Giving Compass’ Take:
• As technology advances, replacing workers and opening up new job opportunities, schools struggle to prepare their students for successful careers.
• How can schools provide students with transferable skills that will serve them regardless of the available jobs? Can partnerships between employers and schools help to best prepare students?
On the surface, American high schools are doing better than ever at educating young people. Eighty-four percent of students are graduating on time — an all-time high, according to the U.S. Department of Education — and 70 percent are enrolling in college directly after high school. And yet, beneath these optimistic benchmarks lies a career- and job-readiness picture that may be increasingly out of sync with what the future economy will require.
As emerging technologies rapidly and thoroughly transform the workplace, some experts predict that by 2030 400 million to 800 million people worldwide could be displaced and need to find new jobs. The ability to adapt and quickly acquire new skills will become a fundamental component for success.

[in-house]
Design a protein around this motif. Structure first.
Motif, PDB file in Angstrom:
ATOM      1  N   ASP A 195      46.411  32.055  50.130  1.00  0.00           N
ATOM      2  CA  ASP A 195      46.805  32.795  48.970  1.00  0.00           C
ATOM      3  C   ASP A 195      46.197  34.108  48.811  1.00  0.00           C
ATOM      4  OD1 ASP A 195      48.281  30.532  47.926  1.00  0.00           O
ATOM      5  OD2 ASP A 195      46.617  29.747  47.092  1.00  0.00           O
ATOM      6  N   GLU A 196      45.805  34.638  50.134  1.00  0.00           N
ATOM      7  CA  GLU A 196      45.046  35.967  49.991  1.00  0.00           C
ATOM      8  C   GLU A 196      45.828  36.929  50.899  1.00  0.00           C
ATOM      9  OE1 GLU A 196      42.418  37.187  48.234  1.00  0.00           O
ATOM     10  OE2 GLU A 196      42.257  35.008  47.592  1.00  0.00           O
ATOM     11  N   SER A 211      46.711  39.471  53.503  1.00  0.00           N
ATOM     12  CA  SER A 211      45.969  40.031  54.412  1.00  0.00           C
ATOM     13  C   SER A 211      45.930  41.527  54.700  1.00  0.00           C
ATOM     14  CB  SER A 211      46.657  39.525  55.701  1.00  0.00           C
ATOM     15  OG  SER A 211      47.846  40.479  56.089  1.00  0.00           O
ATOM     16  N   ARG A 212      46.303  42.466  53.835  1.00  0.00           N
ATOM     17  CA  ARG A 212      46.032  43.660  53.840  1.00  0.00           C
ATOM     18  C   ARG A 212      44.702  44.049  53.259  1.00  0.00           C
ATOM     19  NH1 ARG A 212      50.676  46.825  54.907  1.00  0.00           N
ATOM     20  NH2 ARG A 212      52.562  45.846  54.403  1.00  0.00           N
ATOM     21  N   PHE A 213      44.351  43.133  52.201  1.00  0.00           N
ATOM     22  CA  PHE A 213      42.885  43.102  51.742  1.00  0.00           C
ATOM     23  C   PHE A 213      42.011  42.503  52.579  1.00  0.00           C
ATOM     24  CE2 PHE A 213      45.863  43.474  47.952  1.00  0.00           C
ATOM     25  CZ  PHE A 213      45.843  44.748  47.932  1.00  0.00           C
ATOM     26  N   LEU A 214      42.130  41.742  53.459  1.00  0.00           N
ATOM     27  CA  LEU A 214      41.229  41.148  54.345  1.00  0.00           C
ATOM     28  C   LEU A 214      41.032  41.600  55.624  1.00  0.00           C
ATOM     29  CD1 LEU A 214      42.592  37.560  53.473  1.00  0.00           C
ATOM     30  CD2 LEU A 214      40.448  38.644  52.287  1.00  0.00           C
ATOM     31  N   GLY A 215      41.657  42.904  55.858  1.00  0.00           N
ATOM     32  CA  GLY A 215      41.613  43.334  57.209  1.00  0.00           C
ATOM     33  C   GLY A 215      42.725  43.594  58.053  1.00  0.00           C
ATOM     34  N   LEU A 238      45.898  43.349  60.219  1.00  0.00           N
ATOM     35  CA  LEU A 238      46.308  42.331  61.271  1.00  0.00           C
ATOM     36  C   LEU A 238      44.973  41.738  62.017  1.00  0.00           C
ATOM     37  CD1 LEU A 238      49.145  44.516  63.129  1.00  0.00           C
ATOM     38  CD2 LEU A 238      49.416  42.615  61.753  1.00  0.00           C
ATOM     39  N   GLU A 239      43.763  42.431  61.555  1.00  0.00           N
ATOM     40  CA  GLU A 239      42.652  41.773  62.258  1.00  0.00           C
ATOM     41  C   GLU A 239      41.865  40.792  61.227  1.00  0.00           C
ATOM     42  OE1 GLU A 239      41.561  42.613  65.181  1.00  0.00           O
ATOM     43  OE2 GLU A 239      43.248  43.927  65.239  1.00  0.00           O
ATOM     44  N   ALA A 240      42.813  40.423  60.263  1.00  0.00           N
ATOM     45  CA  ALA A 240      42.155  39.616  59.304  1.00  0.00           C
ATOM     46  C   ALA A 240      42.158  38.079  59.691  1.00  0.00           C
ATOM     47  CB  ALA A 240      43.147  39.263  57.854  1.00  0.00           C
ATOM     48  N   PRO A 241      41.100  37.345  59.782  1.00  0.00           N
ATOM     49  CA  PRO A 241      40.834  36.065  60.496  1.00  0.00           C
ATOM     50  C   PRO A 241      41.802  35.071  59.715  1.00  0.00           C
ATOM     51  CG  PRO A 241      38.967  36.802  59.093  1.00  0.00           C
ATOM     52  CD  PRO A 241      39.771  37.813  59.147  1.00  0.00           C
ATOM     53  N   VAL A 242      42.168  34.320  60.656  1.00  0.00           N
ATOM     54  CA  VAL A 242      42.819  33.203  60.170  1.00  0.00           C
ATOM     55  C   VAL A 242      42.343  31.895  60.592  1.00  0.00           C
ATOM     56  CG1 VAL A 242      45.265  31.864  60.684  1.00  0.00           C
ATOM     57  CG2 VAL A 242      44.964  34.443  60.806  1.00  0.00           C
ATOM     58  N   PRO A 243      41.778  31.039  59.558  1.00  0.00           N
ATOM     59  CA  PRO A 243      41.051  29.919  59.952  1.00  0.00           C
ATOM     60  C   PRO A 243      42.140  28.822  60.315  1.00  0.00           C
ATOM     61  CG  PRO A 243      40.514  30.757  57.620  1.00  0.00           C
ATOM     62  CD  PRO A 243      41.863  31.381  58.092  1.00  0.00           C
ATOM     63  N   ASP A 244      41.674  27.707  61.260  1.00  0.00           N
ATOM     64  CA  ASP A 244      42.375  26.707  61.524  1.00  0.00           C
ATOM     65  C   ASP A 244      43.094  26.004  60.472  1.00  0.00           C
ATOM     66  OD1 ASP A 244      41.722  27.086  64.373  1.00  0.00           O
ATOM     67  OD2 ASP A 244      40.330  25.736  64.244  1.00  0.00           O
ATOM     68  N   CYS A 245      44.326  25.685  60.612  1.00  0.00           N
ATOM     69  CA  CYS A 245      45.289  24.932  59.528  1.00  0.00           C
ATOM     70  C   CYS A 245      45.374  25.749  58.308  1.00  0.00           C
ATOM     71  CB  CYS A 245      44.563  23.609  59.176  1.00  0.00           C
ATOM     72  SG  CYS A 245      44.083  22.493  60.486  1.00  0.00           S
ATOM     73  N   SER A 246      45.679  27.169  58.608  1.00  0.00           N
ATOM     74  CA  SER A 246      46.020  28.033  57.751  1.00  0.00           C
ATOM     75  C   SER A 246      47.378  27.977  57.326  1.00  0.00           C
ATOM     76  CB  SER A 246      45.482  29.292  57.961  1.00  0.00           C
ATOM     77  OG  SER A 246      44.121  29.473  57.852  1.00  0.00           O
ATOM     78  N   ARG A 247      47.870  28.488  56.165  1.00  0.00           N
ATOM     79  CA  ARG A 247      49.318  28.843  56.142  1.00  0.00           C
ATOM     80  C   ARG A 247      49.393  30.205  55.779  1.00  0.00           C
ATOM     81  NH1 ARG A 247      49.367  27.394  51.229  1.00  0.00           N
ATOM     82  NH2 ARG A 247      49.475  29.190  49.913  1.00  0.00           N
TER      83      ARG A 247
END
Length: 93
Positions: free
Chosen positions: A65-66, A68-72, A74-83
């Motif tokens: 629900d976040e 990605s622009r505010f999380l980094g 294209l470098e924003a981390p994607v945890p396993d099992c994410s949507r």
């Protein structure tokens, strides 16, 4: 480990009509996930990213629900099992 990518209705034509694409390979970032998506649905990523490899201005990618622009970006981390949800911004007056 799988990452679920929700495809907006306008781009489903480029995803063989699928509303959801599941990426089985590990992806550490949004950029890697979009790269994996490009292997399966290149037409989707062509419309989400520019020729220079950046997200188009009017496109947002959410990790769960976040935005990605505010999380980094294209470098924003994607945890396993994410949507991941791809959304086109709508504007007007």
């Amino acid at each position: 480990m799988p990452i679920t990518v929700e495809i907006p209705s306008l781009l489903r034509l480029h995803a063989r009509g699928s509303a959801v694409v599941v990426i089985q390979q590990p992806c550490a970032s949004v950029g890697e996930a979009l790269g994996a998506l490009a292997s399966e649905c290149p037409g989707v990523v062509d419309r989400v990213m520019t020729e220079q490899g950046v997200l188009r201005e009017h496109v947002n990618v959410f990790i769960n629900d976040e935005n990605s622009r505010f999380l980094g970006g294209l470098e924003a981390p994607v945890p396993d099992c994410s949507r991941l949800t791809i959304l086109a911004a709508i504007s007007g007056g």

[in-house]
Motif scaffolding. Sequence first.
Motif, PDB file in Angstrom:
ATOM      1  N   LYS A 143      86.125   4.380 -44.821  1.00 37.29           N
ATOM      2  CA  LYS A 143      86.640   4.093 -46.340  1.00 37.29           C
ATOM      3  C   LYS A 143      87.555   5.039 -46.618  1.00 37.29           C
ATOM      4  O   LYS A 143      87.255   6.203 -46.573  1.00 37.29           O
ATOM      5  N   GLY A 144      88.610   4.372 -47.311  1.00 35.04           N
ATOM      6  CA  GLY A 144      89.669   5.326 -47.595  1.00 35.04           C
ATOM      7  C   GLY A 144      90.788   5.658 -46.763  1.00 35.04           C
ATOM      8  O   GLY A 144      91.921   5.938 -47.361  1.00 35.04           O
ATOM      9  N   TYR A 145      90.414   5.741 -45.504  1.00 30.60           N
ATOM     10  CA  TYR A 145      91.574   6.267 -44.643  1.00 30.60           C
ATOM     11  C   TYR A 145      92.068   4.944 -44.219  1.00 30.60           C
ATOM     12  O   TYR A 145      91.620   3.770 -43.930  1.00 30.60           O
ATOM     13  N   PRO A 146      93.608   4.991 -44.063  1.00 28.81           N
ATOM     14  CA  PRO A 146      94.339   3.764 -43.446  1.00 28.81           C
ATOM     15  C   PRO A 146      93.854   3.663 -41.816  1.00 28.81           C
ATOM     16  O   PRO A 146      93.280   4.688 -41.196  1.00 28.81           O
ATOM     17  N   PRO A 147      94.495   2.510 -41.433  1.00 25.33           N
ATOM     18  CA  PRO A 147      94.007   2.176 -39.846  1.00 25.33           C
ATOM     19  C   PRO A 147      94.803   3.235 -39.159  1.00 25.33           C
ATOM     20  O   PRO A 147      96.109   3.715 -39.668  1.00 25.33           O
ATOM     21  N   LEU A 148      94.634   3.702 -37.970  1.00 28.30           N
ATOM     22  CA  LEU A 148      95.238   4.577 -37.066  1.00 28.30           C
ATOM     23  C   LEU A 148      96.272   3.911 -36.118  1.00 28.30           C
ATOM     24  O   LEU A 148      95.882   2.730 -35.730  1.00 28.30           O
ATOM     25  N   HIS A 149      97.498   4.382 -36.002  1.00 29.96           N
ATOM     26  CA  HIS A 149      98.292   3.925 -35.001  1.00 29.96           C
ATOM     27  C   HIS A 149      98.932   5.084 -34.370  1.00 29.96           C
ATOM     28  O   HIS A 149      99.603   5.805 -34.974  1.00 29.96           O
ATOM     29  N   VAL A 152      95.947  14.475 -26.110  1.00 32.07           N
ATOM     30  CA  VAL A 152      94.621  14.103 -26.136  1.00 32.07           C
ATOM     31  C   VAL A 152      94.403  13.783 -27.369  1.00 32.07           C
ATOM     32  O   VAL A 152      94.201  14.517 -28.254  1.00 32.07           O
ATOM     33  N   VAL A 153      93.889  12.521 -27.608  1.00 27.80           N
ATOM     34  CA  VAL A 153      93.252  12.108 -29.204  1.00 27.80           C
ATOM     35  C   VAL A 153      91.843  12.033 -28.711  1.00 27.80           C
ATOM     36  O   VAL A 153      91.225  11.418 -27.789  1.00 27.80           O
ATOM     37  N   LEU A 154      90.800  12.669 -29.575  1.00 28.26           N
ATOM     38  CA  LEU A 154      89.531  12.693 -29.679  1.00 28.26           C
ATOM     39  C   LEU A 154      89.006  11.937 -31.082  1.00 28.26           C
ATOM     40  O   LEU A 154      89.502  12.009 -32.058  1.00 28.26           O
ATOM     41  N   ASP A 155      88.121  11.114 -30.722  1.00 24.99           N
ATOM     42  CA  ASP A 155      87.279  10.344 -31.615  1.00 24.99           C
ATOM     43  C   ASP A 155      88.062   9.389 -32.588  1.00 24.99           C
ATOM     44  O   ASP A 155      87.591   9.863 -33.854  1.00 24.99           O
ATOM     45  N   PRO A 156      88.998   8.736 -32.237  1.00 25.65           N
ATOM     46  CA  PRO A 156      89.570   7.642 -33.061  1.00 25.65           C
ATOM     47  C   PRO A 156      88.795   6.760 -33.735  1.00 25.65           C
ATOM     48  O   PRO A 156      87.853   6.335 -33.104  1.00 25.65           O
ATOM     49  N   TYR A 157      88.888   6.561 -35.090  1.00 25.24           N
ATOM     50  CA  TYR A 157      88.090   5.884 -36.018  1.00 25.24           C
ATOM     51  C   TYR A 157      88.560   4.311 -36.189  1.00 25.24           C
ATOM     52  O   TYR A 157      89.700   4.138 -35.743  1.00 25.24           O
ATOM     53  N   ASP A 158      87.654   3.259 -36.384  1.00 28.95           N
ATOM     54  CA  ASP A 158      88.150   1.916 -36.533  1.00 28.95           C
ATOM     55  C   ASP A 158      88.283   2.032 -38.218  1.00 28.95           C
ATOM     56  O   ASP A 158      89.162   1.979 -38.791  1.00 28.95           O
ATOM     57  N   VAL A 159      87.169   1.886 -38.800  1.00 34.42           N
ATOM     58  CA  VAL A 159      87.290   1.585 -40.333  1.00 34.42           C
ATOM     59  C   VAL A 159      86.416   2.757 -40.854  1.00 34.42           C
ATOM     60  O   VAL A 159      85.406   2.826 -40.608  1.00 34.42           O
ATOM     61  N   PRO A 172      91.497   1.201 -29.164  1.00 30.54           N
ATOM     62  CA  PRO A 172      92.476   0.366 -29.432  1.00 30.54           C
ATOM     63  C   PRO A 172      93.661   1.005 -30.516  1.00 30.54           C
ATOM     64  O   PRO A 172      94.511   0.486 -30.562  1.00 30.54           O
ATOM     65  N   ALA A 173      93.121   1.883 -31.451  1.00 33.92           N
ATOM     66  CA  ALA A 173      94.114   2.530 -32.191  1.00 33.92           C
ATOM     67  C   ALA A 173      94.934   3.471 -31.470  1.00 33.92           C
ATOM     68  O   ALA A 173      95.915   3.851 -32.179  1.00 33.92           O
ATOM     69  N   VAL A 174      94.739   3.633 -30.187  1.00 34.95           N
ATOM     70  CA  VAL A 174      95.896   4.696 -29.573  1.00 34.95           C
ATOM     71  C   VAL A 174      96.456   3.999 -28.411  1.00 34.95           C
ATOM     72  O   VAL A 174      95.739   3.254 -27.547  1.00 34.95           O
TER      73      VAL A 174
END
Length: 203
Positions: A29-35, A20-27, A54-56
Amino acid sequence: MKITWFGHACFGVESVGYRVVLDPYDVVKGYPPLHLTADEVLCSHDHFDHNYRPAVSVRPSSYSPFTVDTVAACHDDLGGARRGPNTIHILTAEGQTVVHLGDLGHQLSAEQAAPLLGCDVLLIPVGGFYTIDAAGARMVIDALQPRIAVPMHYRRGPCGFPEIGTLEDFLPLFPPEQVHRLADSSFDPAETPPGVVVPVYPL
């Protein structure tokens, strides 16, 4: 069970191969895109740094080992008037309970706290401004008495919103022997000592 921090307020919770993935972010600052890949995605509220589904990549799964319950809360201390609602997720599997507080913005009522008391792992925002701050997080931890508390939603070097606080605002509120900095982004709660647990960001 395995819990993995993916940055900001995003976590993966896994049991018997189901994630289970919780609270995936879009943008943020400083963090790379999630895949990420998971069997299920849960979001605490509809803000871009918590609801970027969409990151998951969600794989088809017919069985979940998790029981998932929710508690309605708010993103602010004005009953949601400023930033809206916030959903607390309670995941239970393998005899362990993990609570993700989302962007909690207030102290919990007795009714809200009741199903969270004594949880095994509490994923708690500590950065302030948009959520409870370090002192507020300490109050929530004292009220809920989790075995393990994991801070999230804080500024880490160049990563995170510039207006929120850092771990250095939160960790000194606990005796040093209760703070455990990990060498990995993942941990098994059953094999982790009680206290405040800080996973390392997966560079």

Critics say high schools aren’t doing enough to equip young people for life after graduation, in-demand jobs and a pathway to the middle class. Underscoring the criticism are sobering statistics: Nationally, just 25 percent of high school seniors are able to do grade-level math and just 37 percent score proficient in reading. Those numbers are egregiously lower among African-American and Hispanic students. And while 93 percent of middle school students say they plan to attend college, only 26 percent go on to graduate from college within six years of enrolling. These indicators, coupled with the staggering cost of higher education and millions of unfilled jobs in skilled trades, are pushing policymakers to rethink America’s bachelor’s-or-bust mentality.
Read the full article about preparing students for the jobs of the future by Sarah Gonser at The Hechinger Report
If you are looking for more articles and resources for Quality Employment, take a look at these Giving Compass selections related to impact giving and Quality Employment.
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